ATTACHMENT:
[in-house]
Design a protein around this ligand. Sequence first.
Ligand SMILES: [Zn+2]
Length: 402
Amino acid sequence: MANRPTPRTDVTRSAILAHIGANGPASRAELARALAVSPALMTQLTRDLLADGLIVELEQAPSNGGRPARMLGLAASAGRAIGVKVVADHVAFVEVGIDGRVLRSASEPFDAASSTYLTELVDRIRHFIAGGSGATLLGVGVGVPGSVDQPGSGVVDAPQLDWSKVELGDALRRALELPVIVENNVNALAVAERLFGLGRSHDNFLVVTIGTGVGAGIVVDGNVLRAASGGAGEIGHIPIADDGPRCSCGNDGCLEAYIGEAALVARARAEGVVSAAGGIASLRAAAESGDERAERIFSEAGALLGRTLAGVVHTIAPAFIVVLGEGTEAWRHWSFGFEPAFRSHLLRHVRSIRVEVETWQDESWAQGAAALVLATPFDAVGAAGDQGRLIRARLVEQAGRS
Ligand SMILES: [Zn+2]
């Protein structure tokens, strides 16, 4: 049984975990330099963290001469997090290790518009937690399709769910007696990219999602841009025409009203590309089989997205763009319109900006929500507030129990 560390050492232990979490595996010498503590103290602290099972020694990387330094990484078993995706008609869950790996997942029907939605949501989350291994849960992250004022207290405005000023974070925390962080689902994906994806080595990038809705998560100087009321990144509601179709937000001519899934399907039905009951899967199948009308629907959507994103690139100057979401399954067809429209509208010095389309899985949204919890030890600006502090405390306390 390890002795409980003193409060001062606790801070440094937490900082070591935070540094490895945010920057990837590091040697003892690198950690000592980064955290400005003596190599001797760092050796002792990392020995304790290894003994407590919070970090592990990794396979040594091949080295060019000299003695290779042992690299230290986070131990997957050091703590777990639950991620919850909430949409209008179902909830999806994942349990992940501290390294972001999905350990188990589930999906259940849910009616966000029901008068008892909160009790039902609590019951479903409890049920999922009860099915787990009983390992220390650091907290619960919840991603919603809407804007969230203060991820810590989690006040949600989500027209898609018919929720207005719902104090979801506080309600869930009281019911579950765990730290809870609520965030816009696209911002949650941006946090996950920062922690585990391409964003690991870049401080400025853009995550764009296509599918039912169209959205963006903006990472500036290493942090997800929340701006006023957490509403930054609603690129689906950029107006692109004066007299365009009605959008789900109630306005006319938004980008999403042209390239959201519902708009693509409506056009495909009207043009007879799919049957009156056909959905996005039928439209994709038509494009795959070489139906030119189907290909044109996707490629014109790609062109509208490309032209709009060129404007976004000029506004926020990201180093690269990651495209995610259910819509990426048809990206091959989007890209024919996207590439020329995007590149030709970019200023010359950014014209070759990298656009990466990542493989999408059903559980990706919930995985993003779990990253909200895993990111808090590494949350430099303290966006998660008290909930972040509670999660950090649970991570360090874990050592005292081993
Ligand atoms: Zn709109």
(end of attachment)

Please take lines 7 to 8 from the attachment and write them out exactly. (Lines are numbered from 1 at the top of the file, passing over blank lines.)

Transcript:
């Protein structure tokens, strides 16, 4: 049984975990330099963290001469997090290790518009937690399709769910007696990219999602841009025409009203590309089989997205763009319109900006929500507030129990 560390050492232990979490595996010498503590103290602290099972020694990387330094990484078993995706008609869950790996997942029907939605949501989350291994849960992250004022207290405005000023974070925390962080689902994906994806080595990038809705998560100087009321990144509601179709937000001519899934399907039905009951899967199948009308629907959507994103690139100057979401399954067809429209509208010095389309899985949204919890030890600006502090405390306390 390890002795409980003193409060001062606790801070440094937490900082070591935070540094490895945010920057990837590091040697003892690198950690000592980064955290400005003596190599001797760092050796002792990392020995304790290894003994407590919070970090592990990794396979040594091949080295060019000299003695290779042992690299230290986070131990997957050091703590777990639950991620919850909430949409209008179902909830999806994942349990992940501290390294972001999905350990188990589930999906259940849910009616966000029901008068008892909160009790039902609590019951479903409890049920999922009860099915787990009983390992220390650091907290619960919840991603919603809407804007969230203060991820810590989690006040949600989500027209898609018919929720207005719902104090979801506080309600869930009281019911579950765990730290809870609520965030816009696209911002949650941006946090996950920062922690585990391409964003690991870049401080400025853009995550764009296509599918039912169209959205963006903006990472500036290493942090997800929340701006006023957490509403930054609603690129689906950029107006692109004066007299365009009605959008789900109630306005006319938004980008999403042209390239959201519902708009693509409506056009495909009207043009007879799919049957009156056909959905996005039928439209994709038509494009795959070489139906030119189907290909044109996707490629014109790609062109509208490309032209709009060129404007976004000029506004926020990201180093690269990651495209995610259910819509990426048809990206091959989007890209024919996207590439020329995007590149030709970019200023010359950014014209070759990298656009990466990542493989999408059903559980990706919930995985993003779990990253909200895993990111808090590494949350430099303290966006998660008290909930972040509670999660950090649970991570360090874990050592005292081993
Ligand atoms: Zn709109």